Limits...
Fish oil supplements in New Zealand are highly oxidised and do not meet label content of n-3 PUFA.

Albert BB, Derraik JG, Cameron-Smith D, Hofman PL, Tumanov S, Villas-Boas SG, Garg ML, Cutfield WS - Sci Rep (2015)

Bottom Line: Almost all fish oil supplements available in the New Zealand market contain concentrations of EPA and DHA considerably lower than claimed by labels.Importantly, the majority of supplements tested exceeded the recommended indices of oxidative markers.Surprisingly, best-before date, cost, country of origin, and exclusivity were all poor markers of supplement quality.

View Article: PubMed Central - PubMed

Affiliation: Liggins Institute, University of Auckland, Auckland, New Zealand.

ABSTRACT
We evaluated the quality and content of fish oil supplements in New Zealand. All encapsulated fish oil supplements marketed in New Zealand were eligible for inclusion. Fatty acid content was measured by gas chromatography. Peroxide values (PV) and anisidine values (AV) were measured, and total oxidation values (Totox) calculated. Only 3 of 32 fish oil supplements contained quantities of eicosapentaenoic acid (EPA) and docosahexaenoic acid (DHA) that were equal or higher than labelled content, with most products tested (69%) containing <67%. The vast majority of supplements exceeded recommended levels of oxidation markers. 83% products exceeded the recommended PV levels, 25% exceeded AV thresholds, and 50% exceeded recommended Totox levels. Only 8% met the international recommendations, not exceeding any of these indices. Almost all fish oil supplements available in the New Zealand market contain concentrations of EPA and DHA considerably lower than claimed by labels. Importantly, the majority of supplements tested exceeded the recommended indices of oxidative markers. Surprisingly, best-before date, cost, country of origin, and exclusivity were all poor markers of supplement quality.

Show MeSH
The association between missing EPA + DHA (i.e. label claimed minus actual content) and both anisidine value (AV) and Totox. AV and Totox data have been log-transformed.
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f3: The association between missing EPA + DHA (i.e. label claimed minus actual content) and both anisidine value (AV) and Totox. AV and Totox data have been log-transformed.

Mentions: There was an observed association between the missing EPA + DHA (i.e. label claimed minus actual content) and both AV (r = 0.45; p = 0.011) and Totox (r = 0.35; p = 0.053) (Figure 3). Missing EPA + DHA content was not associated with PV (r = 0.06; p = 0.75).


Fish oil supplements in New Zealand are highly oxidised and do not meet label content of n-3 PUFA.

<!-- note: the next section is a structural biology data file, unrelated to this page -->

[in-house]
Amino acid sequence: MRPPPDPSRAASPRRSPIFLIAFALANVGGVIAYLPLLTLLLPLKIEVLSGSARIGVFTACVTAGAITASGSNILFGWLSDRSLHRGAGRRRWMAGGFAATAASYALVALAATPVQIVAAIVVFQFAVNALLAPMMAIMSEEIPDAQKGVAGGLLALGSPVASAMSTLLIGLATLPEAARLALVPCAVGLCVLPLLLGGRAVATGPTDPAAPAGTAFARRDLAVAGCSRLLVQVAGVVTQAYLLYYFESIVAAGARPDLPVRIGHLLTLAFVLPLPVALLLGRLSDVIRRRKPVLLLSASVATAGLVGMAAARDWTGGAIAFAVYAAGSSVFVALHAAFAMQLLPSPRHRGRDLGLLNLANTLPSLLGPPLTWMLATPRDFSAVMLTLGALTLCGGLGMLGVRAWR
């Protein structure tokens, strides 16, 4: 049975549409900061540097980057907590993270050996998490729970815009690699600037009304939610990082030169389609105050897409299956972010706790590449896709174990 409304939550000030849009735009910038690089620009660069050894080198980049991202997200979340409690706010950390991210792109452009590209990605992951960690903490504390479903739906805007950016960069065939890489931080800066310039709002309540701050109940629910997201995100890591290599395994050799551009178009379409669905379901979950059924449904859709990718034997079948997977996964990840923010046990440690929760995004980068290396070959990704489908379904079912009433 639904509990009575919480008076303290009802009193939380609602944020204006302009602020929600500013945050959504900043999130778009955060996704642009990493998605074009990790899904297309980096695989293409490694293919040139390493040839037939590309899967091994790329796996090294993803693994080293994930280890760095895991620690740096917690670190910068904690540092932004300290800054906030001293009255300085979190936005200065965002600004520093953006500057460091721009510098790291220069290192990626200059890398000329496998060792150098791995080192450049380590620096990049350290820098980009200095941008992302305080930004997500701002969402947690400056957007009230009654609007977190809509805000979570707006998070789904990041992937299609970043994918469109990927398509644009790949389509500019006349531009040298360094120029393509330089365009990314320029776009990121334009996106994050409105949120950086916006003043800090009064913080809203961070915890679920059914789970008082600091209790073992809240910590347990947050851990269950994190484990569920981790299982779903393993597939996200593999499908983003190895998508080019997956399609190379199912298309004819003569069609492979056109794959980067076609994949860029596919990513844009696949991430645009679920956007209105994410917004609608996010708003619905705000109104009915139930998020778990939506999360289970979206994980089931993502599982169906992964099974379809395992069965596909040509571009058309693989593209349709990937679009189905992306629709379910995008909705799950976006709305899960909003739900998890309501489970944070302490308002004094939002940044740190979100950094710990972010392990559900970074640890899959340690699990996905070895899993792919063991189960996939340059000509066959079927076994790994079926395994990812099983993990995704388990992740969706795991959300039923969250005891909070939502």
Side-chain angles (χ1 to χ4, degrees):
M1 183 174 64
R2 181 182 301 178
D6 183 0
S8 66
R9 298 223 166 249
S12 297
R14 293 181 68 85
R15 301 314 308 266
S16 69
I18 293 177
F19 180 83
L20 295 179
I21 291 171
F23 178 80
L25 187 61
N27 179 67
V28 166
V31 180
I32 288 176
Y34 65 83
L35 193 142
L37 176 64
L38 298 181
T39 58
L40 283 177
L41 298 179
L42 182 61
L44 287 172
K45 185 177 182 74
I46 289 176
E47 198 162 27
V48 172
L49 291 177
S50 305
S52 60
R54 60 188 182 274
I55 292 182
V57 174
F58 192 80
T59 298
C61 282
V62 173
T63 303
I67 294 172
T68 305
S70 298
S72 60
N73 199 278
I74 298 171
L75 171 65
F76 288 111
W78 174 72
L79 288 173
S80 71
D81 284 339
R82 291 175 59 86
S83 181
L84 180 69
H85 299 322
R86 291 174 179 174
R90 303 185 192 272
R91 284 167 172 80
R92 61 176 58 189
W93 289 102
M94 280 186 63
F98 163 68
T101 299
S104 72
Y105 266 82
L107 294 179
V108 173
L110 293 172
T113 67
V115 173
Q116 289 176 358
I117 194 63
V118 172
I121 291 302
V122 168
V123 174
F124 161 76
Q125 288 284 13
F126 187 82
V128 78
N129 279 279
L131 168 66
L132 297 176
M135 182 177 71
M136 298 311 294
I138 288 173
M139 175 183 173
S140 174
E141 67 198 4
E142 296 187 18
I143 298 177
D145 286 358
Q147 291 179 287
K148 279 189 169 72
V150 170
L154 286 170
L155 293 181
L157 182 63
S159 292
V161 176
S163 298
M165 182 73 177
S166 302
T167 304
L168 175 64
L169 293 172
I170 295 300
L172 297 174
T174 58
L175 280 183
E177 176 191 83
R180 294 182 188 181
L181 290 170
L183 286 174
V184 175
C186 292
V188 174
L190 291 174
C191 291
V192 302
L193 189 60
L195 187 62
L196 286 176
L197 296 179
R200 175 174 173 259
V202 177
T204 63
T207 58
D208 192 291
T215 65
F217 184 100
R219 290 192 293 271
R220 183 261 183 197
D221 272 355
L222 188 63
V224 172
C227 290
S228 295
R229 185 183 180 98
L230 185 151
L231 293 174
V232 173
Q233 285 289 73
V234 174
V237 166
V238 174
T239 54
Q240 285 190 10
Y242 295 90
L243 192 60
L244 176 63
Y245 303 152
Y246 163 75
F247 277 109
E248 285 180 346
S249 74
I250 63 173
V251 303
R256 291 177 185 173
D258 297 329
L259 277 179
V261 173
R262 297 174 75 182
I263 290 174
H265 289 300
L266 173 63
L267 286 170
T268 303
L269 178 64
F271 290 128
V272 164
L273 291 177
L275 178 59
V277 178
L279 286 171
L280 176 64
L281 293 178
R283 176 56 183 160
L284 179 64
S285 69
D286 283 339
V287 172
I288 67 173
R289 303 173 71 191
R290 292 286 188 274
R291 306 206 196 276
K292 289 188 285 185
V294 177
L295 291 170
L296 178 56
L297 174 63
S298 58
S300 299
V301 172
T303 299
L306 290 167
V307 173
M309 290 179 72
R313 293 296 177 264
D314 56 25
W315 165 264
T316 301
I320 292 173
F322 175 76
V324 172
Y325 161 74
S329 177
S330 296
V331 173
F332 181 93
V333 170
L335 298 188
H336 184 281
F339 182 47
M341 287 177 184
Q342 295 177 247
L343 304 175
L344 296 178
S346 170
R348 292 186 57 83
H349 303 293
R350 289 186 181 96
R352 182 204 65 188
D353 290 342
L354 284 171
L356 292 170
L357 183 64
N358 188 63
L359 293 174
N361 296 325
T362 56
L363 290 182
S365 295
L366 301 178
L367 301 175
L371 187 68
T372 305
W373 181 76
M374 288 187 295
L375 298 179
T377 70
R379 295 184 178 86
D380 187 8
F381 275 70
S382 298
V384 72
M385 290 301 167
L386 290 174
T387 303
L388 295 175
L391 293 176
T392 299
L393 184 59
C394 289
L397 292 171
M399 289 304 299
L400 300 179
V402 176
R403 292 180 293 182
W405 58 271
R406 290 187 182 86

Albert BB, Derraik JG, Cameron-Smith D, Hofman PL, Tumanov S, Villas-Boas SG, Garg ML, Cutfield WS - Sci Rep (2015)

The association between missing EPA + DHA (i.e. label claimed minus actual content) and both anisidine value (AV) and Totox. AV and Totox data have been log-transformed.
© Copyright Policy - open-access
Related In: Results  -  Collection

License
Show All Figures
getmorefigures.php?uid=PMC4300506&req=5

f3: The association between missing EPA + DHA (i.e. label claimed minus actual content) and both anisidine value (AV) and Totox. AV and Totox data have been log-transformed.
Mentions: There was an observed association between the missing EPA + DHA (i.e. label claimed minus actual content) and both AV (r = 0.45; p = 0.011) and Totox (r = 0.35; p = 0.053) (Figure 3). Missing EPA + DHA content was not associated with PV (r = 0.06; p = 0.75).

Bottom Line: Almost all fish oil supplements available in the New Zealand market contain concentrations of EPA and DHA considerably lower than claimed by labels.Importantly, the majority of supplements tested exceeded the recommended indices of oxidative markers.Surprisingly, best-before date, cost, country of origin, and exclusivity were all poor markers of supplement quality.

View Article: PubMed Central - PubMed

Affiliation: Liggins Institute, University of Auckland, Auckland, New Zealand.

ABSTRACT
We evaluated the quality and content of fish oil supplements in New Zealand. All encapsulated fish oil supplements marketed in New Zealand were eligible for inclusion. Fatty acid content was measured by gas chromatography. Peroxide values (PV) and anisidine values (AV) were measured, and total oxidation values (Totox) calculated. Only 3 of 32 fish oil supplements contained quantities of eicosapentaenoic acid (EPA) and docosahexaenoic acid (DHA) that were equal or higher than labelled content, with most products tested (69%) containing <67%. The vast majority of supplements exceeded recommended levels of oxidation markers. 83% products exceeded the recommended PV levels, 25% exceeded AV thresholds, and 50% exceeded recommended Totox levels. Only 8% met the international recommendations, not exceeding any of these indices. Almost all fish oil supplements available in the New Zealand market contain concentrations of EPA and DHA considerably lower than claimed by labels. Importantly, the majority of supplements tested exceeded the recommended indices of oxidative markers. Surprisingly, best-before date, cost, country of origin, and exclusivity were all poor markers of supplement quality.

Show MeSH